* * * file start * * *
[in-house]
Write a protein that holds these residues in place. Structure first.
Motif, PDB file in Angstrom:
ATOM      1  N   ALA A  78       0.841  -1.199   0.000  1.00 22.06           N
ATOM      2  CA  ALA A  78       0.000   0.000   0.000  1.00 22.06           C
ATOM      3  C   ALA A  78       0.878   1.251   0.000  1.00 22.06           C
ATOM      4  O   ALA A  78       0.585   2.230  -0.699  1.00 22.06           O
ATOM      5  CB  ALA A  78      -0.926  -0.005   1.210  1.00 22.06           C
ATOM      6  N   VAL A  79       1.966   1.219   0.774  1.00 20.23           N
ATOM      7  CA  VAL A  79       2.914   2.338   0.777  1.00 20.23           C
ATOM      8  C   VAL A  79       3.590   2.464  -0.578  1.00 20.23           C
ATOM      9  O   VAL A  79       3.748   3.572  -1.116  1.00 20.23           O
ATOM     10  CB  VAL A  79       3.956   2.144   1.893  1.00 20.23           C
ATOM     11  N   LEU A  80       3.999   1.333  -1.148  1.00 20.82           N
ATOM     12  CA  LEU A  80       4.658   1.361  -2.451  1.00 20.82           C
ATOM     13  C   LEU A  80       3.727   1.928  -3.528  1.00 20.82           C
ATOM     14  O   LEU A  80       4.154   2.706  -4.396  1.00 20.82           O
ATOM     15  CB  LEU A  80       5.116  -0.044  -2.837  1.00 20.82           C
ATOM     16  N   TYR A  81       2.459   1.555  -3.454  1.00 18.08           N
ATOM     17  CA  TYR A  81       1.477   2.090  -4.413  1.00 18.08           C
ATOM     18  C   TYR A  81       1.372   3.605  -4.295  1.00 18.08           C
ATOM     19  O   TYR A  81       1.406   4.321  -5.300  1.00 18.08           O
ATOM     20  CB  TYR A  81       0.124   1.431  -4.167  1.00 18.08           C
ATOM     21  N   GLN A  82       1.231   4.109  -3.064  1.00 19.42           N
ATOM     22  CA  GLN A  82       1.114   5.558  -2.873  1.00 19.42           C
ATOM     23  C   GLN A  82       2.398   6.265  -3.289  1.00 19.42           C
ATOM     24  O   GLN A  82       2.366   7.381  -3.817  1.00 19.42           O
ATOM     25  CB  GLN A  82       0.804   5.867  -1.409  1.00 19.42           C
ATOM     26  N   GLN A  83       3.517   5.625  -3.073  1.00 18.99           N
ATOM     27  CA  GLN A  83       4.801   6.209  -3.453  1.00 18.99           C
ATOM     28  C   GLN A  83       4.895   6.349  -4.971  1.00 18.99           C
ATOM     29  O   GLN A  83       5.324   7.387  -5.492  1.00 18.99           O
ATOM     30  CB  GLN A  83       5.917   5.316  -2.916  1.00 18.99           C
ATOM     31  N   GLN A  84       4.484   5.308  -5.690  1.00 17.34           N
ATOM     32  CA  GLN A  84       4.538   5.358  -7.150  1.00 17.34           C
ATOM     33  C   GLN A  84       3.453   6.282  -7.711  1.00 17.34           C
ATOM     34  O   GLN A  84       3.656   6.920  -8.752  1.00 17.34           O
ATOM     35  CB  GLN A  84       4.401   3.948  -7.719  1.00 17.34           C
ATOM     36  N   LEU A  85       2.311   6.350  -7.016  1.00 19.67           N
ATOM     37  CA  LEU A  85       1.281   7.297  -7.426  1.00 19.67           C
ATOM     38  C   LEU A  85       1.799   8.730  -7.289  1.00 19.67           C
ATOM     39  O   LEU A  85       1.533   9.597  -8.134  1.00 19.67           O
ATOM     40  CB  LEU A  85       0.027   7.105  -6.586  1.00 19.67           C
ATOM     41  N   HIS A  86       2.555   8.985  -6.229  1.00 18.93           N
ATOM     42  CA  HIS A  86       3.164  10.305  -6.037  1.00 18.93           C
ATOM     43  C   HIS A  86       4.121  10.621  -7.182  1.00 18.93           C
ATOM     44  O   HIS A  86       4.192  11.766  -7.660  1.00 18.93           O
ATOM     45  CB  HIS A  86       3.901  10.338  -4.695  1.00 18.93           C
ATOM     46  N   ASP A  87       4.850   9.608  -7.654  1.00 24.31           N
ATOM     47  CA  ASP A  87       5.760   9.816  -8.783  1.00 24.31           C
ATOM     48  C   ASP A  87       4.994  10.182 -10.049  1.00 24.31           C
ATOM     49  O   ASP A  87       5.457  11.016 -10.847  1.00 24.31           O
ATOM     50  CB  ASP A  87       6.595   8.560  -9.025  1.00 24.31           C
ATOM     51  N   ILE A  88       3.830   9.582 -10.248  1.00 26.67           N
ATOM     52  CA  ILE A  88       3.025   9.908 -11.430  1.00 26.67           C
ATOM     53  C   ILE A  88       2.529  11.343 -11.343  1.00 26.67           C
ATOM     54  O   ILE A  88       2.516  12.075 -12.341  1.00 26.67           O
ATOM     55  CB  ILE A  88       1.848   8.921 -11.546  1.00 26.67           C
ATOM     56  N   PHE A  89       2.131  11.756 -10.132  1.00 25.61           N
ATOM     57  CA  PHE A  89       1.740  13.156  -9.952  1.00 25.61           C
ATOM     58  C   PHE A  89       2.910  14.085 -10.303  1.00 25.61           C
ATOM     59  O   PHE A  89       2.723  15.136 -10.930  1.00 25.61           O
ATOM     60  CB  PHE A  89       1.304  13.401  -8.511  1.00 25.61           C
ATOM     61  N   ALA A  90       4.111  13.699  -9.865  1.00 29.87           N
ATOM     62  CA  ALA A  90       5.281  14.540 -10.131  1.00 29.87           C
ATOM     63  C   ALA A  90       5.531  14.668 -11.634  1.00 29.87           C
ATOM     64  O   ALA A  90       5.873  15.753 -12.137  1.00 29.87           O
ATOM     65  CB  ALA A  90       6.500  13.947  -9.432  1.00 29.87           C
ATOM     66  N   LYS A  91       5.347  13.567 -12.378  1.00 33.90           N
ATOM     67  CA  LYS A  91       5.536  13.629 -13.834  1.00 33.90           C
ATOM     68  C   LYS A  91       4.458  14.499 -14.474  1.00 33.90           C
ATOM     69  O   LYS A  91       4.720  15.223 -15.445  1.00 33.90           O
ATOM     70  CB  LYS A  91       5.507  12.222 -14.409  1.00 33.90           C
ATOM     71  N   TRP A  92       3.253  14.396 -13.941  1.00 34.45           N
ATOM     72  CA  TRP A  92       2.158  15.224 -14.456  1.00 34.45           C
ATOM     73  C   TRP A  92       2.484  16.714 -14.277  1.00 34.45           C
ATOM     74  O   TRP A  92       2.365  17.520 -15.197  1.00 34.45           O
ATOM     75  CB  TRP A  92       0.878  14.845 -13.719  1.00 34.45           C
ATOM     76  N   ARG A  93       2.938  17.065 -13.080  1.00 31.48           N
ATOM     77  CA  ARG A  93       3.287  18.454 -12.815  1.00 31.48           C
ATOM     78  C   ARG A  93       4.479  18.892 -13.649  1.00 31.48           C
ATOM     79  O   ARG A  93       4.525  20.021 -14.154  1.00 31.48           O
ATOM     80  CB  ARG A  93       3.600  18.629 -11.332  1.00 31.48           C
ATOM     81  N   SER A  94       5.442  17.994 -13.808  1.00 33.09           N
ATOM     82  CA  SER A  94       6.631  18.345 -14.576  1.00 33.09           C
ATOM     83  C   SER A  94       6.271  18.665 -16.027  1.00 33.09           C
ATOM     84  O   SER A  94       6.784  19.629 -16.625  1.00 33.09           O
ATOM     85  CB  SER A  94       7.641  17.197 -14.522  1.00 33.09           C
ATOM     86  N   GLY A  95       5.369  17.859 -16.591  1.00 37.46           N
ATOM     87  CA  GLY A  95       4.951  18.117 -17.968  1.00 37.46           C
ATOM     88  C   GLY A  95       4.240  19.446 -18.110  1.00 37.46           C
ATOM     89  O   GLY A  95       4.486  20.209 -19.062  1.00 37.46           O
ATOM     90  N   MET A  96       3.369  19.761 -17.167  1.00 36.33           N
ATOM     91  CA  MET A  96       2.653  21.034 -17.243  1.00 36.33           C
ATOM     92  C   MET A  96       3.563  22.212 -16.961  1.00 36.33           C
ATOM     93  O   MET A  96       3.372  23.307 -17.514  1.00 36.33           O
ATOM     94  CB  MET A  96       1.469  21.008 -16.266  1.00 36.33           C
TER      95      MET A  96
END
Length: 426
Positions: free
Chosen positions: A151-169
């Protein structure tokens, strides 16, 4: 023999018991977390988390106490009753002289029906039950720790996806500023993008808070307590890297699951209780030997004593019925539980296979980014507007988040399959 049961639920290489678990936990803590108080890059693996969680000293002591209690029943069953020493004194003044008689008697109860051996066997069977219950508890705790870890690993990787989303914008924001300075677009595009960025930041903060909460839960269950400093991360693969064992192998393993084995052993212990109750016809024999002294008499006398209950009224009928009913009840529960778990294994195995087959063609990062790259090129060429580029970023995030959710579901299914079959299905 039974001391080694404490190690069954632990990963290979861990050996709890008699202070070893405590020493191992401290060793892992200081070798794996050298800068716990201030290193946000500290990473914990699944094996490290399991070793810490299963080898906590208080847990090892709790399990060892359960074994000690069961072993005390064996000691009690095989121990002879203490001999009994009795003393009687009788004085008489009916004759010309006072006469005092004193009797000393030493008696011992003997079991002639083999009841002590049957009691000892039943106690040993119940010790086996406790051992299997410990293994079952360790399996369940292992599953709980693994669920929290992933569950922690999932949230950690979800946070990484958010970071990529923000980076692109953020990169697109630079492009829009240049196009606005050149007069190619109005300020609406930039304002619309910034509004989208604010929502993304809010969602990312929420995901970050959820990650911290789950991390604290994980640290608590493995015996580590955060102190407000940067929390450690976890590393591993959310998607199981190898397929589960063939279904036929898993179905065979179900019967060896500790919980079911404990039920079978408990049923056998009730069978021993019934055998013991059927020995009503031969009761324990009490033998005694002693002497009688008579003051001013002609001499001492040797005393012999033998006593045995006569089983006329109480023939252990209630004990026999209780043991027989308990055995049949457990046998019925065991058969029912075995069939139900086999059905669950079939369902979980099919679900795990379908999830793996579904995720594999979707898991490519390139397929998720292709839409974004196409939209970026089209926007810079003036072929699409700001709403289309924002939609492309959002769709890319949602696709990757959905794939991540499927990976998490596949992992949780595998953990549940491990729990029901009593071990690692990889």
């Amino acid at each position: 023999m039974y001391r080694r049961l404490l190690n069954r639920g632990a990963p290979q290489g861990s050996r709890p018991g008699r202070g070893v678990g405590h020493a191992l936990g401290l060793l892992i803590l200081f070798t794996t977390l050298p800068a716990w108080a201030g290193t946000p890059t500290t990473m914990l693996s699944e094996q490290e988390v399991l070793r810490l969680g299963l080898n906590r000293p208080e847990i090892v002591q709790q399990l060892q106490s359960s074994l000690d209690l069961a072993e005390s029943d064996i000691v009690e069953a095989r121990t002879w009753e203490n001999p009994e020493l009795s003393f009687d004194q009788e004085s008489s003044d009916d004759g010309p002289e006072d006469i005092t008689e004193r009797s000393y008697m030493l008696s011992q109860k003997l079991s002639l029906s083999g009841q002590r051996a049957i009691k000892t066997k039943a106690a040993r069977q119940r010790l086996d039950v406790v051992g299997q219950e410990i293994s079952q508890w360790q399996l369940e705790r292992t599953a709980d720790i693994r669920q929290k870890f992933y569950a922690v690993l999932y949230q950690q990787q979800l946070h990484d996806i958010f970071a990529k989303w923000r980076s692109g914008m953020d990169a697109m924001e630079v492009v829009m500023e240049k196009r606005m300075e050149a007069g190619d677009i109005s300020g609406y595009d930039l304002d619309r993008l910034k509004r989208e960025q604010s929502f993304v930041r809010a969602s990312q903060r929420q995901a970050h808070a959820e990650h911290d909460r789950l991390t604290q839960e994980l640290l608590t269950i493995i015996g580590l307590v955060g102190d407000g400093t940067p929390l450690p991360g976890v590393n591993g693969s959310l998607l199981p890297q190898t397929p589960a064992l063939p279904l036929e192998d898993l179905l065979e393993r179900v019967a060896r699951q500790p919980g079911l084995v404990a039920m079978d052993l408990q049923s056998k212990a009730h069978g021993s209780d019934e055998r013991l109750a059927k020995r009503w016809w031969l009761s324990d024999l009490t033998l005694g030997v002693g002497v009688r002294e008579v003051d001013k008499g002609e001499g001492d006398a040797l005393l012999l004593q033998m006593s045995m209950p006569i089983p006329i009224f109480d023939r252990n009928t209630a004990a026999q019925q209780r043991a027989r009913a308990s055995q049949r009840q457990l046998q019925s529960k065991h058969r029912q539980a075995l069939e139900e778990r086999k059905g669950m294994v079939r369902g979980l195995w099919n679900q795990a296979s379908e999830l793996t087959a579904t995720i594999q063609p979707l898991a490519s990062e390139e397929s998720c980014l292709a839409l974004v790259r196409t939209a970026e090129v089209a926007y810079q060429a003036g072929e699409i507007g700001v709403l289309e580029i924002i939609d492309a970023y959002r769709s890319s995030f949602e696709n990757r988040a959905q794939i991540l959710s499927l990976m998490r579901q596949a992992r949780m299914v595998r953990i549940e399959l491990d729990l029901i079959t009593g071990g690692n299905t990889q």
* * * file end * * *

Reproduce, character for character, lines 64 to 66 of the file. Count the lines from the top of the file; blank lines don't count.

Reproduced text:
ATOM     61  N   ALA A  90       4.111  13.699  -9.865  1.00 29.87           N
ATOM     62  CA  ALA A  90       5.281  14.540 -10.131  1.00 29.87           C
ATOM     63  C   ALA A  90       5.531  14.668 -11.634  1.00 29.87           C